Comedians are often criticized for talking too much. But Ithamar Enriquez says nothing in Ithamar Has Nothing To Say, his new live sketch show.
In his show, running the next two Saturdays at Hollywood's Second City Theater, the comedian consistently fills the intimate proscenium theater with laughs, proving his theory that talking is overrated.
"People are uncomfortable with silence. Not just on stage but in life," explains Enriquez. "We feel the need to fill that empty space with talking, even if we have nothing to say. Sketch comedy can be more than catch phrases, yelling at audiences and scenes about arguing couples in restaurants."
Enriquez utilizes his protean body movement and rubbery facial expressions to create a series of comedic characters and situations. At the start of the production, the seasoned improviser hobbles onstage in silence, his body crumpled into that of an elderly man. With some quick lip action he mocks the removal of his dentures, then limps across the room to pantomime turning on a record player, filling the theater with "La Vie en Rose."
The grumpy old man proceeds to slump into a nearby chair and drift into slumber. The moment his eyelids shut, Enriquez bolts from his seat and proceeds to swing dance with gusto, his youthful athleticism restored inuring his somnolence. The old man's dreaming forms the frame for these otherwise unrelated series of silent sketches.
As Enriquez shapeshifts between characters, from a nightclub patron whose fingers uncontrollably play a piano, to an oblivious ballet-dancing traffic cop, to an overzealous jazz aficionado, a pair of LED flatscreen televisions alternate between displaying images of the scenes' settings and projecting silent film era title cards, a nod to Enriquez's inspirations.
"I've been drawn to physical comedy since I was a kid," he says. "I can watch a Charlie Chaplin or Buster Keaton sequence and still laugh at it as much as I did when I was a child."
In addition to the silent masters, Enriquez also evokes the spirit of American Dad's Roger Smith, the flamboyant alien who dons multiple personas over the course of each episode, often within the same scene. Much of IHNTS's humor stems from the comedian's ability to zip back and forth across the stage entering in and out of myriad characters as they interact with one another.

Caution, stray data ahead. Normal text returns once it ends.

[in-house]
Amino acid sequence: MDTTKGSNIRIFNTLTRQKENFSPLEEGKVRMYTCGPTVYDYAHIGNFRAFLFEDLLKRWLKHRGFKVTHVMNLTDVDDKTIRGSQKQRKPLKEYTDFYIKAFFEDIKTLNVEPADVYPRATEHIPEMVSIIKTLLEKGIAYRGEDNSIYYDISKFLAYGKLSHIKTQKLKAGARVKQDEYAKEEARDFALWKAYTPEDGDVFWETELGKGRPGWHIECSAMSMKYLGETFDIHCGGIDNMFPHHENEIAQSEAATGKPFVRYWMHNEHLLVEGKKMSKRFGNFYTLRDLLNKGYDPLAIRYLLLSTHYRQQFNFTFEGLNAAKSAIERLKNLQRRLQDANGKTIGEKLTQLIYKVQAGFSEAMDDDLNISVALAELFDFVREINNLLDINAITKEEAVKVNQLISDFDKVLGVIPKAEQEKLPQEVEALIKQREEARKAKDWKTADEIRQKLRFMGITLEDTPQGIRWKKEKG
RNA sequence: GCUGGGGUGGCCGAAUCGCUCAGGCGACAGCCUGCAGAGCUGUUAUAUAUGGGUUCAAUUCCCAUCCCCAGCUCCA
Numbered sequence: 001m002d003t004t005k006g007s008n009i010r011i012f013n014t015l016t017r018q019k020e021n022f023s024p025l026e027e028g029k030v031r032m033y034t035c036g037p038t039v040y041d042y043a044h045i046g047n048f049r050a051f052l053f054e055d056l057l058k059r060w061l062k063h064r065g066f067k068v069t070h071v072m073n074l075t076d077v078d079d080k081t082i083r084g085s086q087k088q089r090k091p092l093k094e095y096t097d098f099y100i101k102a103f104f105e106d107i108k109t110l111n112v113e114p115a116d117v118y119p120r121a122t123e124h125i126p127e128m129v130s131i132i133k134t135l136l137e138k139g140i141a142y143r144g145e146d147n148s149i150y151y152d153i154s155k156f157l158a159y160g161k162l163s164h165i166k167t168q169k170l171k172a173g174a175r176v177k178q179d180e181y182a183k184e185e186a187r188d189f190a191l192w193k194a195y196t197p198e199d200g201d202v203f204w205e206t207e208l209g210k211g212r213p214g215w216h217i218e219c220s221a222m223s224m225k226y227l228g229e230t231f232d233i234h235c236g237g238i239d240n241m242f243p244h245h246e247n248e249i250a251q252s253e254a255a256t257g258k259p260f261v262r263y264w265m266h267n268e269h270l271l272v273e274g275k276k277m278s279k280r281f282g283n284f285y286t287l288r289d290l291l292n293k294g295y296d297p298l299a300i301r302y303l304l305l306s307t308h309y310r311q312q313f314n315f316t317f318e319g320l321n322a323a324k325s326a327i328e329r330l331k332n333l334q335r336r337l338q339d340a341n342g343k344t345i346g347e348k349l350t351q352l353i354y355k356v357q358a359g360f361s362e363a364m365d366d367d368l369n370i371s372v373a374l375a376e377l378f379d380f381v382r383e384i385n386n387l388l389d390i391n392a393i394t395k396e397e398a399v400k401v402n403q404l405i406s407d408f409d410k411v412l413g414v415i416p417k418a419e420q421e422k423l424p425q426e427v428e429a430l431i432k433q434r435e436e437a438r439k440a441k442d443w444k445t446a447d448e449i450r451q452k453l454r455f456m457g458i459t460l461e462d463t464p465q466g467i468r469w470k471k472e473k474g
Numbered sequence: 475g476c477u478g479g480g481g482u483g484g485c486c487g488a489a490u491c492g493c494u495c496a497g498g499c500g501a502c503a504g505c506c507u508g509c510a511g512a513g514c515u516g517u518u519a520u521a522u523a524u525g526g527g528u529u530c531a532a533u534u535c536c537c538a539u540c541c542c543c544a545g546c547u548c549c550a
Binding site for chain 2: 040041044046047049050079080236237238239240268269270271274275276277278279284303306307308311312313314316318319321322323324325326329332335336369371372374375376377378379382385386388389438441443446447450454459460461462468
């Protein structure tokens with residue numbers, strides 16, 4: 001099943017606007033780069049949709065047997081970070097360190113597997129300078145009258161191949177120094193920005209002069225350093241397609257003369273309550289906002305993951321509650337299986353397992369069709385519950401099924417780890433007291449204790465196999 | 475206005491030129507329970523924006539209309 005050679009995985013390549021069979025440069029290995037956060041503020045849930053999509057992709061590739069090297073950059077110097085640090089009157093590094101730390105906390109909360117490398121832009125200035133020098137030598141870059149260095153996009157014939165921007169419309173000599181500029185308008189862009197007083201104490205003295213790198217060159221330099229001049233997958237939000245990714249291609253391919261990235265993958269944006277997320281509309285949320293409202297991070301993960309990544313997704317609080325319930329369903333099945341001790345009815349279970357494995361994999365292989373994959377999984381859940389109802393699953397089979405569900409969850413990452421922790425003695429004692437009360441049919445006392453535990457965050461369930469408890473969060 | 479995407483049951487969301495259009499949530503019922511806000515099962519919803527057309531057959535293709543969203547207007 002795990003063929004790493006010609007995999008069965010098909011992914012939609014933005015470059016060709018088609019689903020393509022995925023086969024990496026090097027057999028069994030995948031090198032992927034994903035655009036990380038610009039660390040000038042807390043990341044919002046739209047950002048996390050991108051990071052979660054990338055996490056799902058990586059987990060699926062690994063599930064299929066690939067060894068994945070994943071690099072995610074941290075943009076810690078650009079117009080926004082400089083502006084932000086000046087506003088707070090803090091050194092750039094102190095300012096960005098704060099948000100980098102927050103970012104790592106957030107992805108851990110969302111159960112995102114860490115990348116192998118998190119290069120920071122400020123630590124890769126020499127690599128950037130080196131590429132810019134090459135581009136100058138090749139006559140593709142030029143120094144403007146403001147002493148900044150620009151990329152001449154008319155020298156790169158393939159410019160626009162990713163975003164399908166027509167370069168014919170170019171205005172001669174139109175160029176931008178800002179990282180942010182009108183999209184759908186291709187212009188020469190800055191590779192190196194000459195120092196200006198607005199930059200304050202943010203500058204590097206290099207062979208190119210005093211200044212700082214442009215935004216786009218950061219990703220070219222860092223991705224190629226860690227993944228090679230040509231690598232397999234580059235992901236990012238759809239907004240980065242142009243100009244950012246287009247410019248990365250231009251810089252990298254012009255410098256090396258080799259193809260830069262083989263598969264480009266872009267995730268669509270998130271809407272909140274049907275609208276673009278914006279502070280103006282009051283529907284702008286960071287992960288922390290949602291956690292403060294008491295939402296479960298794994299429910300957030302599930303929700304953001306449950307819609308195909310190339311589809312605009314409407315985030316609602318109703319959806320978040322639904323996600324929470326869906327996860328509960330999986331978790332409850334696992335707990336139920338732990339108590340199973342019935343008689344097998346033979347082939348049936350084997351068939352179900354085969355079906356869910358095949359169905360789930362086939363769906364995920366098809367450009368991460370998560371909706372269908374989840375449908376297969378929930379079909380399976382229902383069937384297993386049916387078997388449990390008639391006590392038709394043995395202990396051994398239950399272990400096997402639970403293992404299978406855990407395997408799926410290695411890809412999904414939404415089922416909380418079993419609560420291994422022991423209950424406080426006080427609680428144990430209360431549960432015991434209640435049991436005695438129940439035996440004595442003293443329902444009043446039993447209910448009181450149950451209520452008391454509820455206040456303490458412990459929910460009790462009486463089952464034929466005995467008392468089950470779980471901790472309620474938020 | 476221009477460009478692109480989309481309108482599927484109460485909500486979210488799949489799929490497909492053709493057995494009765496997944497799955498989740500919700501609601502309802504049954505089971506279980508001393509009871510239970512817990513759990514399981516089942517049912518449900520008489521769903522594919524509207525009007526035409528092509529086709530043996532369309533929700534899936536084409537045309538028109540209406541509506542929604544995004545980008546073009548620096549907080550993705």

Enriquez is a veteran of Chicago's Second City, where a traditional show has a third act of improv after two acts of sketch.
"The improv portion was our chance to find something new or something based on a story in the news that very day," he says. "It also encouraged me to fall flat on my face in order to find what works."
Enriquez incorporates improv into his show in a couple of ways. He takes the classic approach by crafting a scene by getting suggestions from the audience. The night this writer saw the show, the comedian had to create an interaction where a veterinarian taught his pet kangaroo to swim. Another improv scene was more innovative. Before the performance, audience members were encouraged to draw different faces on sheets of paper supplied in the lobby. These sketches were placed on a music stand and served as Enriquez's blind date during a scene. As he revealed each face, he had to instantly react to their alternating smiles, grimaces, and shocked expressions with any preparation.
Ultimately, the show will serve as a spring board to the show's web television iteration, which is currently being produced by Maker Studios, Principato-Young Entertainment and the comedy duo Key and Peele, one of Enriquez's inspirations.
Of Enriquez's many talents, the one that makes the strongest impact is his ability to imbue inanimate objects with personality. At one point the comedian takes the wooden cane employed by the grumpy old man from the beginning and transforms it into a beautiful young woman. We see the actor romance his ligneous mate and travel the arc of a lifelong relationship within minutes.
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"There is a lot of noise out there. A lot gets lost in the shuffle because there is so much talking and we tend to ignore all the noise," he says. "We are used to it. This show gives you a break from all that and somehow, forces you to pay attention."
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